“Everyone is kneaded out of the same dough but not baked in the same oven”

Yiddish Proverb quotes

Loved this proverb…………leads to an interesting story from African mythology. Iyadola’s Babies.
Resource guide for Chennai:

Organic Wholemeal flour – Econut and ReStore. Pro organics or Letter Mantra Brands available in Nilgiri’s

Fresh Yeast – Nilgiri’s…..look in the refrigerated section.

Satay Supreme


Satay has been one of those things that everyone in my family loves.

My 7 year old D, has called it ‘Chicken on a Stick’, forever. Its always been a sure thing to get her to eat whenever we are out for a meal.

Yet for no particular reason, I had never attempted to try it out myself.

My first brush with Satay was when I was about 10 years old and had travelled with my Dad and siblings to Singapore for a Food trade fair.

We tried many varieties of food on that trip.

One that exposed and refined our palates to receive a variety of flavours as we grew up.

We went to a place called ‘Satay Club’, a hawker center which had the most finger-lickingly delicious Satay on offer.

Photo Credits Kirsten Dixon A Singapore Hawker Centre


Being true blue Bombayites, hawker centers was right up our street.

But that was many moons ago.

Many, mannnnnyyy moons ago…….

We still enjoy our Satay. Hubby has even packed some from Malaysia and brought it back home for us to relish.

It is one of those dishes, I’m sure we all order at restaurants and relish at parties.

Yet for some reason, if you are like me, we are quite content to order it and have no reason at all to attempt making it.

Around 3 weeks ago, I had a strange compulsion to try out Satay. Since then I’ve made it thrice, always with great results.

I realised that it is soooo versatile.

My first attempt was just that… attempt. But it was delicious.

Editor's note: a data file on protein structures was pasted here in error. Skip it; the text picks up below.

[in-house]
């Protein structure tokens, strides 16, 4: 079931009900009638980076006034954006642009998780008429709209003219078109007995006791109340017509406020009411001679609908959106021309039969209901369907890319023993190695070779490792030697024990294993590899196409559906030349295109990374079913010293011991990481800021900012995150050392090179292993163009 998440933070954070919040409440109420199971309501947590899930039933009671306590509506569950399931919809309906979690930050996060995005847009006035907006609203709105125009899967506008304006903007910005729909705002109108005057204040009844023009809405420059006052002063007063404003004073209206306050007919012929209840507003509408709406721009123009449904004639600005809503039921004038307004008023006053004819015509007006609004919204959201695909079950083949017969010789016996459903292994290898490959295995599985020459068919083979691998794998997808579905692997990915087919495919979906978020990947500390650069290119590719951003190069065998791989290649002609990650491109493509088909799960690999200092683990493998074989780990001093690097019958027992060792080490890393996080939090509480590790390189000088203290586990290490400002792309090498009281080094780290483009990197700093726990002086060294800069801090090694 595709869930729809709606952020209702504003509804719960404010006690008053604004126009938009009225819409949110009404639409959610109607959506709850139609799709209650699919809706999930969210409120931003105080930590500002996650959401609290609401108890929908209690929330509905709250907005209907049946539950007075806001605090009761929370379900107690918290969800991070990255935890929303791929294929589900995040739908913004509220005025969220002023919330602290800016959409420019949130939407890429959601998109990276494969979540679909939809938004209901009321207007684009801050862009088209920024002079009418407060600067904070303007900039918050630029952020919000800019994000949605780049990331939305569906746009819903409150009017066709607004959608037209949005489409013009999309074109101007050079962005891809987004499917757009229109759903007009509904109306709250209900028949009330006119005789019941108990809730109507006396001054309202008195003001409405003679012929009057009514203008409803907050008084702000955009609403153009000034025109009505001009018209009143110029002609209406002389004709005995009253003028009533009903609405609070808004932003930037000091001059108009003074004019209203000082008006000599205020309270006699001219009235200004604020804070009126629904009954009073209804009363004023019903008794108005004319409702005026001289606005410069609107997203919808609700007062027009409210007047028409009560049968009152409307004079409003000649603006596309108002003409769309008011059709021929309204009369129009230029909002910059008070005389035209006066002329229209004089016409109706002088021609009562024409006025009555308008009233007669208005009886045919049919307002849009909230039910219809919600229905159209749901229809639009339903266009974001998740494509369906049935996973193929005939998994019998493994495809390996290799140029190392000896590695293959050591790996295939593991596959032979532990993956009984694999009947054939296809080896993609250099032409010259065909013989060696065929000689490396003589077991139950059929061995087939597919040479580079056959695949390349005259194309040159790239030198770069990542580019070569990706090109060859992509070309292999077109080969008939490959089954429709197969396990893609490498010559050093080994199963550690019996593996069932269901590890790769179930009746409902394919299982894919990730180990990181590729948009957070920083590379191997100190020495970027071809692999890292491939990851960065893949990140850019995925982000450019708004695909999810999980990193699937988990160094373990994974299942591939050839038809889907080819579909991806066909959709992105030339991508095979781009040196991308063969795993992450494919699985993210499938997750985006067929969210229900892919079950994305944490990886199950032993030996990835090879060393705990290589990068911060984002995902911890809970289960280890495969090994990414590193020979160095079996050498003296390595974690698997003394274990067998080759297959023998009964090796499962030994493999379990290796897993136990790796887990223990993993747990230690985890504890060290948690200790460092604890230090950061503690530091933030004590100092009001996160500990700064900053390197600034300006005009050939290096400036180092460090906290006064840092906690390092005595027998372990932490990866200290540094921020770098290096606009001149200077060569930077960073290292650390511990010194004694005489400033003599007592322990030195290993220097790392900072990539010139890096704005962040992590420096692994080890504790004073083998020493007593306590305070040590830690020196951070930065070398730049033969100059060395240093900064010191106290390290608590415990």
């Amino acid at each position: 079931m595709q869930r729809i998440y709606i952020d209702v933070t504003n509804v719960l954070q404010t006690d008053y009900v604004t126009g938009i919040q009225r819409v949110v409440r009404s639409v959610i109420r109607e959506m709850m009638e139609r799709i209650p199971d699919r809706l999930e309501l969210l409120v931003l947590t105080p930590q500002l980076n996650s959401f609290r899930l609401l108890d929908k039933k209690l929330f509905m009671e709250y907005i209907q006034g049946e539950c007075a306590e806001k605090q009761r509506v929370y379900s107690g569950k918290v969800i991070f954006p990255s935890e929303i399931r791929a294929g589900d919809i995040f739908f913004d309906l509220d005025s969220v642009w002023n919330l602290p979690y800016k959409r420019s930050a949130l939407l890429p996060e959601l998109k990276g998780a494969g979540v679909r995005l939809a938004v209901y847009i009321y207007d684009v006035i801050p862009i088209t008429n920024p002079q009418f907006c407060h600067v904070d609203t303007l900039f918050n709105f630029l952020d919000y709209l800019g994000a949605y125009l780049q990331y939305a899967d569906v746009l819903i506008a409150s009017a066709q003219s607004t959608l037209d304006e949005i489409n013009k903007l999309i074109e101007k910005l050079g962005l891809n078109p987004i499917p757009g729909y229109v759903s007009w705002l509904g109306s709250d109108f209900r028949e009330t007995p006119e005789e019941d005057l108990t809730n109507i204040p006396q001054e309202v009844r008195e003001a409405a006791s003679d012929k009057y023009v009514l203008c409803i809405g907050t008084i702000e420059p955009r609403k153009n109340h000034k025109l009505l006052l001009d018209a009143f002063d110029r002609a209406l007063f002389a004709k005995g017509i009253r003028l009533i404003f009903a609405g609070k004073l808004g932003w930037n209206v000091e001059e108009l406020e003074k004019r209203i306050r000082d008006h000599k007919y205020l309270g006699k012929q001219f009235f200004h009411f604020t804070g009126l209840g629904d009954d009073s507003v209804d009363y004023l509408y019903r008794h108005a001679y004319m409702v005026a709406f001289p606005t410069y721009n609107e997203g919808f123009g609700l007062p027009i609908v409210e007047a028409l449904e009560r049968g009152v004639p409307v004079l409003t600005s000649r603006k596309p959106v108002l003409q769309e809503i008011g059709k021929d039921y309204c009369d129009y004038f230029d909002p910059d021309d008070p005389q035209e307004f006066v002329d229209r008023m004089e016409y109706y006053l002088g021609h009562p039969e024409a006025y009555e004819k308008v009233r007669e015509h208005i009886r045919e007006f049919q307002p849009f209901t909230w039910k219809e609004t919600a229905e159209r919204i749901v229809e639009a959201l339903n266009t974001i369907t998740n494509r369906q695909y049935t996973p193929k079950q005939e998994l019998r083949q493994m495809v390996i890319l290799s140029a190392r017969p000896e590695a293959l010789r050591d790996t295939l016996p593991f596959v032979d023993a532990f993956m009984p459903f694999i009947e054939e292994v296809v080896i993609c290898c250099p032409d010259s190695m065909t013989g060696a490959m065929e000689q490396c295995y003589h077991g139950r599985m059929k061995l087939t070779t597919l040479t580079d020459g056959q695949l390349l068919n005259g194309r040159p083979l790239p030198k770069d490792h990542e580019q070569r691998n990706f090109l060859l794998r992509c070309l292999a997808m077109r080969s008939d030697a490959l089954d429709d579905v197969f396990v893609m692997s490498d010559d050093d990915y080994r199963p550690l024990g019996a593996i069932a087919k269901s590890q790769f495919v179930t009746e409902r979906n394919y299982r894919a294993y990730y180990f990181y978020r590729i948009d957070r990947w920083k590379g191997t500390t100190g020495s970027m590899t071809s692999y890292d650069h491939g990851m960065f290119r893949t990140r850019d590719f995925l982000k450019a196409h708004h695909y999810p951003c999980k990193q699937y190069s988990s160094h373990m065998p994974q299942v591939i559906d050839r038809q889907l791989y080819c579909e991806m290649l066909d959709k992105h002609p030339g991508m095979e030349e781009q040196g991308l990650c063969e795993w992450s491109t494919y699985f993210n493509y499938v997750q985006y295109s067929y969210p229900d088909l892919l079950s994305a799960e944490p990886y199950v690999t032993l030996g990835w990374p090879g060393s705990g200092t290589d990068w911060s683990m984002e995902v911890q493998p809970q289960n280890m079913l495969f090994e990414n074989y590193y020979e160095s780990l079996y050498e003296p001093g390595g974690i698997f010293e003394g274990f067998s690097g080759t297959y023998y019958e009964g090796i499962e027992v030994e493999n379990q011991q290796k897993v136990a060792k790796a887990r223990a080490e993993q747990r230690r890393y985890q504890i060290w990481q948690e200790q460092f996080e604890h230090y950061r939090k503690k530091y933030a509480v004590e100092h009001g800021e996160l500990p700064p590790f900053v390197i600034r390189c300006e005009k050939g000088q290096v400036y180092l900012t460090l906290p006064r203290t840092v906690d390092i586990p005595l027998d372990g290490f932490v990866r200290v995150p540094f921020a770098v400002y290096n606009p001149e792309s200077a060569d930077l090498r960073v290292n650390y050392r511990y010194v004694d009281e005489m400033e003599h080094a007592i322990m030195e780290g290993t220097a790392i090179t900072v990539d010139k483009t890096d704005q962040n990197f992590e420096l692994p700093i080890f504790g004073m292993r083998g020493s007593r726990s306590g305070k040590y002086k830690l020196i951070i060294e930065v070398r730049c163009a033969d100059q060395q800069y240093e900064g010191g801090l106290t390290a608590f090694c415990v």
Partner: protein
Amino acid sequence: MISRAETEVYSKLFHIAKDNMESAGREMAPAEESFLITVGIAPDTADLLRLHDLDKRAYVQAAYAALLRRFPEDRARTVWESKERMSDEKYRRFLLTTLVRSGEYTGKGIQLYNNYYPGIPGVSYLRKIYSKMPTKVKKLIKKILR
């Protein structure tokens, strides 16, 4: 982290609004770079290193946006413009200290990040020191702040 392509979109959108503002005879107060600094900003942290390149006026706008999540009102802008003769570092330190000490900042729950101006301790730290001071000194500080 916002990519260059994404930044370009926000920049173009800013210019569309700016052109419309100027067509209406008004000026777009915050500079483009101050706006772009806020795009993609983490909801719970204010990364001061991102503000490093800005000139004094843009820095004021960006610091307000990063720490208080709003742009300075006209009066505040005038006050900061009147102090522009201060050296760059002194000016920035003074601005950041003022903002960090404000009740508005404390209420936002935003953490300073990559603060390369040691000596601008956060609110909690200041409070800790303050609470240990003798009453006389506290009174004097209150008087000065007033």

My second was when I had planned on Phad Thai for dinner. A friend decided to drop in that evening and I needed to a quick dish to add to the menu………Satay it was.

My third was for a picnic by the beach. I thought this would be a great crowd-pleaser along with chilled beers.

And what do you know, Satay is my new fav dish in my repertoire.

I’m sure it will be yours too.

Only once you have actually made it will you realise just how easy it actually is.



Chicken Satay with Peanut dipping sauce.

( Adapted from

8 Boneless Chicken Breasts

40-50 wooden skewers

For the marinade:

1/4 cup chopped lemon grass (white portion only)

3 Shallots or Sambar onions

3 cloves garlic

1tsp chilli powder

1 ” ginger,chopped

2 tbs corriander powder

2 tsp cummin powder

1 tsp turmeric

3 tbs dark soya sauce

4 tbs fish sauce

5 tbs brown sugar

2 tbs vegetable oil


The first thing you need to do is to soak the wooden skewers in water. This is really important as if you don’t they will burn while grilling.

Cut the chicken breast into long strips. ( medium thin)

Using that part of the lemon grass which is closest to the root, the white part, chop roughly.

Place all the ingredients of the marinade in a food processor and mix well.

Taste your marinade. It should have a combination of sweet, salty and spicy, but should lead with sweet and salty for the best results when cooked.